With all that's been written and said about the age- and source-verification process, there's still a lot of confusion.
The most common comment is that an eartag isn't going to bring a rancher a dime more for a calf. That's absolutely true, unless there's some kind of information of value to someone in the market chain that can be traced to the animal. And to be of value, that information has to be backed by credible, verifiable and auditable information.
Age verification is driving most traceability programs. But, as mandatory country of origin labeling (COOL) matures in the industry — whether you like it or not — it will be tied to some type of production and management records and the verifiable identity of an animal or group of animals.
The basis for verification
Since the loss of beef-export markets in December 2003, most countries have resumed beef trade with the U.S. However, there's a different set of export rules than pre-BSE, and the rules can differ by importing country.
Most ranchers and feeders are concerned about the age requirements for export to Japan. These require imported beef and beef products (offal) from the U.S. to originate from cattle younger than 21 months.
USDA has developed export rules under the Beef Export Verification (BEV) program to fit Japan's demands for age verification. These rules apply to producers, alliances, feedlots, packers and processors or anyone who at any point places beef in the export supply chain.
These suppliers must comply with the specified product requirements of the BEV program through a USDA-approved Quality Systems Assessment (QSA) Program or Process Verified Program (PVP). QSAs and PVPs include a written protocol for how cattle are managed and a description of the records that verify production data.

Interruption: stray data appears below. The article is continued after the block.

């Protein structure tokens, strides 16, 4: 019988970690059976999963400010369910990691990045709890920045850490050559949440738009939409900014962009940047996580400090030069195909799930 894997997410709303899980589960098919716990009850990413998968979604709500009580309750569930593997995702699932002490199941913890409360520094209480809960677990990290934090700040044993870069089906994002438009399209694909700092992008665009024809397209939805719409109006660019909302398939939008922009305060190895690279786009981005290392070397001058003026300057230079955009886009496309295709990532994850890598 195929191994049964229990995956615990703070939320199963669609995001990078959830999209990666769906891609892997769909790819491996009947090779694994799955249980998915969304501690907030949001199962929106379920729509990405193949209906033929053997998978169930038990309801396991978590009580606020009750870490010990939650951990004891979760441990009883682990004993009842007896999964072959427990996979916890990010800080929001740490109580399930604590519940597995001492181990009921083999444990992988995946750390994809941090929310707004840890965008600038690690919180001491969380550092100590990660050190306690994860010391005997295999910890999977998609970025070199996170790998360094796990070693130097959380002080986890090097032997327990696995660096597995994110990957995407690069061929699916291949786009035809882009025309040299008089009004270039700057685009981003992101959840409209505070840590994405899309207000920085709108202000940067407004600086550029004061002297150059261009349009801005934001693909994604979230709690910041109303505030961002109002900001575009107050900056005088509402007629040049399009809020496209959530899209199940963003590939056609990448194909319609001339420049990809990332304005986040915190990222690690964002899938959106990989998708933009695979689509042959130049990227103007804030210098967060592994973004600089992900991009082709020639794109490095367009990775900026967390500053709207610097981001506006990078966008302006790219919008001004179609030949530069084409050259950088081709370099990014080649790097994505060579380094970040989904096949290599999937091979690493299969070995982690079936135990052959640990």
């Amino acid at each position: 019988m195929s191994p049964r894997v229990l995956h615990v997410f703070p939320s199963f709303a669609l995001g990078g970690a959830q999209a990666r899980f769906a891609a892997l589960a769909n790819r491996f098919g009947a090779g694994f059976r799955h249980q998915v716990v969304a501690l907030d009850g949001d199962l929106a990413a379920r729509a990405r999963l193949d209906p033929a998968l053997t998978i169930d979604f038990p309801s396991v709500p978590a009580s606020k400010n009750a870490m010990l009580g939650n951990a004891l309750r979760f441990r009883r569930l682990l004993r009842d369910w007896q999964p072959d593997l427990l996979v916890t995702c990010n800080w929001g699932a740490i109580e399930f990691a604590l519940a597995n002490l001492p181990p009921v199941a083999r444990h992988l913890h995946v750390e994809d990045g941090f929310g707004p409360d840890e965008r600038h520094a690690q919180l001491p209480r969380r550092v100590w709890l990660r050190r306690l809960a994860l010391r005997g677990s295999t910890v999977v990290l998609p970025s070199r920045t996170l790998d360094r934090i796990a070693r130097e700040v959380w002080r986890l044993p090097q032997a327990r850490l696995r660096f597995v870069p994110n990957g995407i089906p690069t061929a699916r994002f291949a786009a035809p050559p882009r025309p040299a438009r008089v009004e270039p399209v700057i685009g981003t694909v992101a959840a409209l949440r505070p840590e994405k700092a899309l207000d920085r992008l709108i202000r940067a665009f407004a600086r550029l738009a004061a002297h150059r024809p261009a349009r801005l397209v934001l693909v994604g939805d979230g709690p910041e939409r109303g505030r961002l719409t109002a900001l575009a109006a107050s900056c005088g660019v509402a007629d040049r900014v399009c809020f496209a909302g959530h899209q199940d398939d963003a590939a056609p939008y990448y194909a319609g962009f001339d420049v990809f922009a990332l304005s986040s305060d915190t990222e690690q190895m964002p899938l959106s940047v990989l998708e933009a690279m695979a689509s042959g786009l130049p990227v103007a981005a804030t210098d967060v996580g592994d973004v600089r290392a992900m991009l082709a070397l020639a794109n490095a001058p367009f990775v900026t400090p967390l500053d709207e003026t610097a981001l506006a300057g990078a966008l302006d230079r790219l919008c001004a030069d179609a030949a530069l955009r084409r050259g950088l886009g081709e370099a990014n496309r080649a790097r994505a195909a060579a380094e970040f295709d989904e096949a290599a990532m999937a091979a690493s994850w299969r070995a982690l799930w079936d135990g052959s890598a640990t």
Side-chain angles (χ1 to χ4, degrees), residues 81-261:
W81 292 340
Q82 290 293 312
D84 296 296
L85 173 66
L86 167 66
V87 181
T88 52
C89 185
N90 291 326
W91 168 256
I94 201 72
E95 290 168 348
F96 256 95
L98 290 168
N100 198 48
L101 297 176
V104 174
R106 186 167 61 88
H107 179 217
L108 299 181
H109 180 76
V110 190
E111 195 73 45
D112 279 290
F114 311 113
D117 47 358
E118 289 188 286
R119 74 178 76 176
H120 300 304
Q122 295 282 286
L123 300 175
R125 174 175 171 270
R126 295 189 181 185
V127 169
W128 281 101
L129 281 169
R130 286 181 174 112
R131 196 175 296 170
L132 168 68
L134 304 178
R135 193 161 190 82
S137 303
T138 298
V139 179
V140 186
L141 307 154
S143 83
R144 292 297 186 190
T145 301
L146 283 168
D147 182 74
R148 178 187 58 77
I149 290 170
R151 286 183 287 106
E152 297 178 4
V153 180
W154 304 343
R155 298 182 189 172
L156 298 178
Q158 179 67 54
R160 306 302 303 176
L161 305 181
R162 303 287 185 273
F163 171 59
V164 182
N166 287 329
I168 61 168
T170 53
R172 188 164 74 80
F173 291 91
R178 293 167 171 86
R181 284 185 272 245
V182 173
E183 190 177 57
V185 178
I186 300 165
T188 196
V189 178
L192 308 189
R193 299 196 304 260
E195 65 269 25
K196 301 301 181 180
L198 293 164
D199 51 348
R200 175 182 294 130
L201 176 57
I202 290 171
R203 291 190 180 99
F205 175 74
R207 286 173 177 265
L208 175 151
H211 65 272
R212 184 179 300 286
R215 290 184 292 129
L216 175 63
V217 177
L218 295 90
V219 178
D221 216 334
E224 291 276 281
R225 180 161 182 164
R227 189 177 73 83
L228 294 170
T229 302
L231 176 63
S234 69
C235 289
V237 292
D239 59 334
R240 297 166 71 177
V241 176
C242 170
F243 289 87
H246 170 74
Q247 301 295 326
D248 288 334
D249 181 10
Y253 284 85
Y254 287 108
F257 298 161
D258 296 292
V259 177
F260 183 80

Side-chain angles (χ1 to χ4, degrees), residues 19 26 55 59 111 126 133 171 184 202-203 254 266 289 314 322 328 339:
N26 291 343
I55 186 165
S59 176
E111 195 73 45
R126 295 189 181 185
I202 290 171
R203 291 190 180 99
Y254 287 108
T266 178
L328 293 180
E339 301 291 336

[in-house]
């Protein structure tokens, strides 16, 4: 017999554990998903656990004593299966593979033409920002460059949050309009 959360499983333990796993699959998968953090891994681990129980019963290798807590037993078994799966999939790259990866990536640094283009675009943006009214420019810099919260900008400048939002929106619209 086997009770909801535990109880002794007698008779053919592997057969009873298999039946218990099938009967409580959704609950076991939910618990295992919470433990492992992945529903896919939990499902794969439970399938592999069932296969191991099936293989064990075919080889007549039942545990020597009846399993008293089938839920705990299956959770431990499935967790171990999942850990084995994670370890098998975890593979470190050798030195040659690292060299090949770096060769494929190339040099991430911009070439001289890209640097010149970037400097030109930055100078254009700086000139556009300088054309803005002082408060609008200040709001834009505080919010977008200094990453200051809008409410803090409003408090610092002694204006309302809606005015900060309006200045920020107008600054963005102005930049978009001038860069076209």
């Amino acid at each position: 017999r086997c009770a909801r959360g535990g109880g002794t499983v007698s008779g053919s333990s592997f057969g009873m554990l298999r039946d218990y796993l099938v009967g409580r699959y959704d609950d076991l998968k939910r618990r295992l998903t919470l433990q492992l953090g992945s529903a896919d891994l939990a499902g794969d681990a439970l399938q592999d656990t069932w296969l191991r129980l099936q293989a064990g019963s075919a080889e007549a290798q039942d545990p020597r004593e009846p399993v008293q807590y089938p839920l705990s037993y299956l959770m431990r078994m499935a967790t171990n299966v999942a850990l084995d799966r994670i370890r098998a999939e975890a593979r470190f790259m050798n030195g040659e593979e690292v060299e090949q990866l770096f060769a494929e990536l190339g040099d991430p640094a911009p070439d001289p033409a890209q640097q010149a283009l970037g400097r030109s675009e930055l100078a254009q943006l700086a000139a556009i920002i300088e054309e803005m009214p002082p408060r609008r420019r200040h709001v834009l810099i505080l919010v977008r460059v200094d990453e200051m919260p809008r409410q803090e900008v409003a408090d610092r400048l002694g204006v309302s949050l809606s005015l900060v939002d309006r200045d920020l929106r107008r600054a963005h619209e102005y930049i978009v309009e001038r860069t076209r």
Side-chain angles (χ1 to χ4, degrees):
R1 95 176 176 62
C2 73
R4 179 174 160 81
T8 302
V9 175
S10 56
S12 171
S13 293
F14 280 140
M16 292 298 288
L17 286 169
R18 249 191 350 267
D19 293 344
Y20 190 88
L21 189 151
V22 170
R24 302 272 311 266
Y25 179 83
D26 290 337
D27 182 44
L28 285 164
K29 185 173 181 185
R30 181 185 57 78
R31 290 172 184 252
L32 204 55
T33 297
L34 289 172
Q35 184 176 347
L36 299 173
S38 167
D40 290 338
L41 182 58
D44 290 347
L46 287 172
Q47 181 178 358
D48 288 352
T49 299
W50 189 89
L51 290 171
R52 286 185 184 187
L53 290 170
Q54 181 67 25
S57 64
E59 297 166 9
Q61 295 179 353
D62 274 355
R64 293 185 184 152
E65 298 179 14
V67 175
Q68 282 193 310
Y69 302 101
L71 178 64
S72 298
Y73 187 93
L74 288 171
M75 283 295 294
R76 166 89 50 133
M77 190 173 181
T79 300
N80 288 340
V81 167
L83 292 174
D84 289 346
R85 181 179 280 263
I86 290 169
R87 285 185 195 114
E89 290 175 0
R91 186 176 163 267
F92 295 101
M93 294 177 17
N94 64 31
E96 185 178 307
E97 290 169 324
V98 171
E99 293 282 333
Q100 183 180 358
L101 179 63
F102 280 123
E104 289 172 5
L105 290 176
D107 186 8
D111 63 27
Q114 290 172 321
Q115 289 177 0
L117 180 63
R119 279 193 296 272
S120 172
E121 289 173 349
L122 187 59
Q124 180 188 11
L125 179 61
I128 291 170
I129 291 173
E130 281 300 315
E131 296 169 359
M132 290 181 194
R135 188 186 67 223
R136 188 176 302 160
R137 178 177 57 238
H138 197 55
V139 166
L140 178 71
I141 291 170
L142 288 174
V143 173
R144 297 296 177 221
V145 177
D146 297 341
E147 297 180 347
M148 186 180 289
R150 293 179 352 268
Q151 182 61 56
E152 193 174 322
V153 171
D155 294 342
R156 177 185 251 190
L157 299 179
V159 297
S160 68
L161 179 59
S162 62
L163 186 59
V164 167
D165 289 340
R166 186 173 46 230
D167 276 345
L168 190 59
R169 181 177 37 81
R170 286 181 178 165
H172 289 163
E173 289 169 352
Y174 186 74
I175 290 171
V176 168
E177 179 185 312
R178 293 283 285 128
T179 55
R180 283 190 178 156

A PVP may verify and audit only age and source — or it may also include natural claims, health management claims or other attributes.
Records, records, records
The key item in this new era of source and age verification is records and documentation, says John Hall, Idaho Extension beef specialist. Unfortunately, there are no standardized forms that fit all PVP or QSA programs (although the required information is essentially the same).
Each program has its own forms, but by keeping certain basic types of information, you can be ready for source and age verification.
Here are basic recommendations:
Cattle to be age and source verified must be uniquely identified, which, in most cases, means electronic ID. Freeze branding cows is another option.
Keep detailed calving records such as the IRM Red Book. This includes calf ID, dam ID, calving date and sex of calf. At the very least, record the date the first calf was born and the day the last calf was born to serve as documentation for the entire group. Keep records in a safe, readily accessible location.
Keep records of all cattle sales.
Become a Beef Quality Assurance (BQA)-certified producer.
Keep BQA records up to date as required. Record all vaccinations, dewormings, implants or health treatments.
Records must be kept for three years after an animal's birth. Ranch audits may occur on a regular basis. Producers will need to show the actual records to auditors from the QSA or PVP program if requested. In almost all cases, cattle destined for a source- and age-verification program will need to be tagged with an electronic eartag.
In most cases, the tag will have to be applied by the cow-calf producer before the animal enters commerce or is moved from the premises of origin. In some cases, tags can be applied by the particular program or feeder that purchases or receives the cattle.
Export qualification programs have no relationship with the National Animal Identification System.
Ranchers are encouraged to:
Plan ahead when considering entry into an age- and source-verification plan.
Work with marketers well in advance of any price agreements.
Seek various market opportunities and buyers who are experienced in marketing age- and source-verified cattle.
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